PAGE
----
% right delimiters. The parameter #2 provides a subset of "n", "s", "e", "w"
% to tell which border should be outside of the matrix. Then the matrix is
% provided in the last curly bracket.
% In this sense, \bordermatrix is same as \qbordermatrix{nw} and
% \bordermatrix* is same as \qbordermatrix{se}. An example is given at
% the bottom of this file.
% Compared to the Knuth's version, the matrices constructed by this package
% has the following properties
%  1. The row height is determined dynamically. Thus if the border row is
%     tall, e.g. a display fraction, the bracket is placed in the correct
%     size.
%  2. The matrix is aligned at the middle of the bracket, regardless the
%     heights of the matrix or the border rows
%  3. Different matrix delimiters are allowed, as long as they can fit into
%     the \left and \right pairs in equations
%  4. The output is in a vbox and the "canva" covers exactly the matrix
% Also the spacing around the matrix is a bit tight.
% Please send your comments and enhancement ideas to
\ProvidesPackage{qbordermatrix}[2010/3/24 qbordermatrix v1.0]
% Support of \bordermatrix and \bordermatrix* as described in "Math mode - v.2.43" by
% Herbert Voss
% Determine if an asterisk is following \bordermatrix, and assert \@borderstar
% If no bracket is provided, use parenthesis
% Construction of the bordermatrix
% More flexible \qbordermatrix macro
% If no bracket is provided, use parenthesis
% Construction of the bordermatrix
  % Parse parameters
  \m@th % mathsurround stuff
  % compute bracket width
  % Define carriage-return for array rows
  \def\cr{\crcr\noalign{\kern\matrixrowsep\global\let\cr\endline}} % for a safer \cr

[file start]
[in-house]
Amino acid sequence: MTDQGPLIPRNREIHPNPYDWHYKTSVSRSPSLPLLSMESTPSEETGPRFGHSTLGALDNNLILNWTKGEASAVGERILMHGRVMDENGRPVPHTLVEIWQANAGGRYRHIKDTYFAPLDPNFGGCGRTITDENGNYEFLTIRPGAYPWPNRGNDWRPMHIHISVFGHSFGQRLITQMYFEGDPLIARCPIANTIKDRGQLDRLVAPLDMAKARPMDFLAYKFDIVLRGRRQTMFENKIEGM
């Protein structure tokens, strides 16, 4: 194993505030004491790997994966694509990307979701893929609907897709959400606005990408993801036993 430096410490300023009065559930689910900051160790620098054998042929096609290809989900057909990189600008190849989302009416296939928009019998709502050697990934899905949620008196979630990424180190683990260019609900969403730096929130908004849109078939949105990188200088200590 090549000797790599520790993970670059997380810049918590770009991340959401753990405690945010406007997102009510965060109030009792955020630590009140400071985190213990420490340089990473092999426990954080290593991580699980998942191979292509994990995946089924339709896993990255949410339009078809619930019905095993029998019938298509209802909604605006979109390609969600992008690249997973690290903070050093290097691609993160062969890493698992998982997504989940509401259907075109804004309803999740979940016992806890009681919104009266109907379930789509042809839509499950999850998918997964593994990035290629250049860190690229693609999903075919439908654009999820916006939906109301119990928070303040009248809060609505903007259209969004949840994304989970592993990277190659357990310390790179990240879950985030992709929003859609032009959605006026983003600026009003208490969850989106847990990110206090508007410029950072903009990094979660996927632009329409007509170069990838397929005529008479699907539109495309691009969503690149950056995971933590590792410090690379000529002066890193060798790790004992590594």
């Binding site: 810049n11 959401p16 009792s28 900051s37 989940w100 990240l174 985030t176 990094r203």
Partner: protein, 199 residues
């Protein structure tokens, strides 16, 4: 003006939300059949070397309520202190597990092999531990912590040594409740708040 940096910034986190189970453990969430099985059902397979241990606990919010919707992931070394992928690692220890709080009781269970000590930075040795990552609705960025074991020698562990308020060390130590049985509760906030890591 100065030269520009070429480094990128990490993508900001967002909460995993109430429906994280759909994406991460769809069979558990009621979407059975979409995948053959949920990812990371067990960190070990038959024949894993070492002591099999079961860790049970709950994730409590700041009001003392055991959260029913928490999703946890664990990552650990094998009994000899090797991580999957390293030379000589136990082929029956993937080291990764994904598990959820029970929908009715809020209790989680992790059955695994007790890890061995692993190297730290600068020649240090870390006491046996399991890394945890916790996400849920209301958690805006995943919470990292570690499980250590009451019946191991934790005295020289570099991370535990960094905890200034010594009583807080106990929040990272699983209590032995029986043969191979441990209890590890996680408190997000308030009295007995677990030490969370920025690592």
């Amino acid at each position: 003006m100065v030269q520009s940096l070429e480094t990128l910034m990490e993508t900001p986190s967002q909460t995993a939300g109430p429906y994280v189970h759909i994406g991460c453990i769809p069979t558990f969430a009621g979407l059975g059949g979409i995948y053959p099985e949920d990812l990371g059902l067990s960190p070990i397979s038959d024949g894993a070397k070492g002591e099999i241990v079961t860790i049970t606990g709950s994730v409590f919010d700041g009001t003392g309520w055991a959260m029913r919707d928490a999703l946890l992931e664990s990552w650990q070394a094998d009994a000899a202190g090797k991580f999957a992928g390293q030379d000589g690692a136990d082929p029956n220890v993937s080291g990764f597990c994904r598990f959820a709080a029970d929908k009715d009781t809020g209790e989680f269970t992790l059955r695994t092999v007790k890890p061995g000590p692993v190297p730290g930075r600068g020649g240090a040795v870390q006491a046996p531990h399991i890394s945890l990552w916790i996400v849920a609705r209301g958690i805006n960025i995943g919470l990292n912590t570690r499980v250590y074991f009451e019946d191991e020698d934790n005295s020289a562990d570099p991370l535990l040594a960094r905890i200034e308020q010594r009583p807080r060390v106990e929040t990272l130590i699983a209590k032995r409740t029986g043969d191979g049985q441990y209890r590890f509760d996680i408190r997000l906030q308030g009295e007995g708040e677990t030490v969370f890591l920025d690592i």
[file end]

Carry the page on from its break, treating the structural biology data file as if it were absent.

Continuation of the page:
% Set box0 to contain the matrix without bracket
    \ialign{ % the matrix
      \hfil$##$\hfil\kern 2\p@\kern\@leftbwd & % first column: big space at right for open bracket
      \thinspace\hfil $##$\hfil && % second column: small space at left
      \quad\hfil $##$\hfil % all other columns: big space at left for column separation
      \crcr % end of preamble
      #3\crcr % the matrix itself
  % Determine the last row height
  % Extract last row from box 0 and measure its height
  % Determine the first row height
  % by removing one row at a time from the content of box 0 (copied to box 3).
  % If, after removing a row, the height of the box is less than 4pt, we rollback
  % one step and that is the first row's height
        \loop% Remove kern, skip, and penalty until we found a box to remove
  \setbox\tw@\vbox{\hrule\copy\@ne\hrule} % use \copy\tw@ for taller height
  % Determine the last column width
  % After above, the first row is stored in box 1 and we extract the last
  % column and meausre its width
  % Determine the first column width
  % The entire first row is stored in box 1 and we do the similar iterations
  % to remove one box at a time from box 1 to find the first column width
  % Put the bracket into the matrix:
  % First right shift for first column's width, and put the opening bracket, then
  % left shift to original position to put the matrix, and then shift left to close
  % the bracket and shift back to right.
  % The matrix, however, is also shifted to reflect the desired height of bracket,
  % Print the result
% Example:
% \documentclass{article}
% \usepackage{qbordermatrix}
% \begin{document}
% \hrule y\vrule$\bordermatrix[\{\}]{%
% 0 &   1 &2^{2^2}& 3 & \displaystyle\frac{4}{2} \cr
% a & x_1 & y_2 & z_1 & t_1 \cr
% b & x_3 & y_4 & z_2 & t_2 \cr
% c & x_5 & y_6 & z_3 & t_3 \cr
% d &   1 &2^{2^2}& 3 & \displaystyle\frac{4}{2} \cr
% }$\vrule z\hrule
% \hrule y\vrule$\bordermatrix*[\{\}]{%
% 0 &   1 &2^{2^2}& 3 & \displaystyle\frac{4}{2} \cr
% a & x_1 & y_2 & z_1 & t_1 \cr
% b & x_3 & y_4 & z_2 & t_2 \cr
% c & x_5 & y_6 & z_3 & t_3 \cr
% d &   1 &2^{2^2}& 3 & \displaystyle\frac{4}{2} \cr
% }$\vrule z \hrule
% \hrule y\vrule$\qbordermatrix[\{\}]{nesw}{%
% 0 &   1 &2^{2^2}& 3 & \displaystyle\frac{4}{2} \cr
% a & x_1 & y_2 & z_1 & t_1 \cr
% b & x_3 & y_4 & z_2 & t_2 \cr
% c & x_5 & y_6 & z_3 & t_3 \cr
% d &   1 &2^{2^2}& 3 & \displaystyle\frac{4}{2} \cr
% }$\vrule z
% \hrule
% \end{document}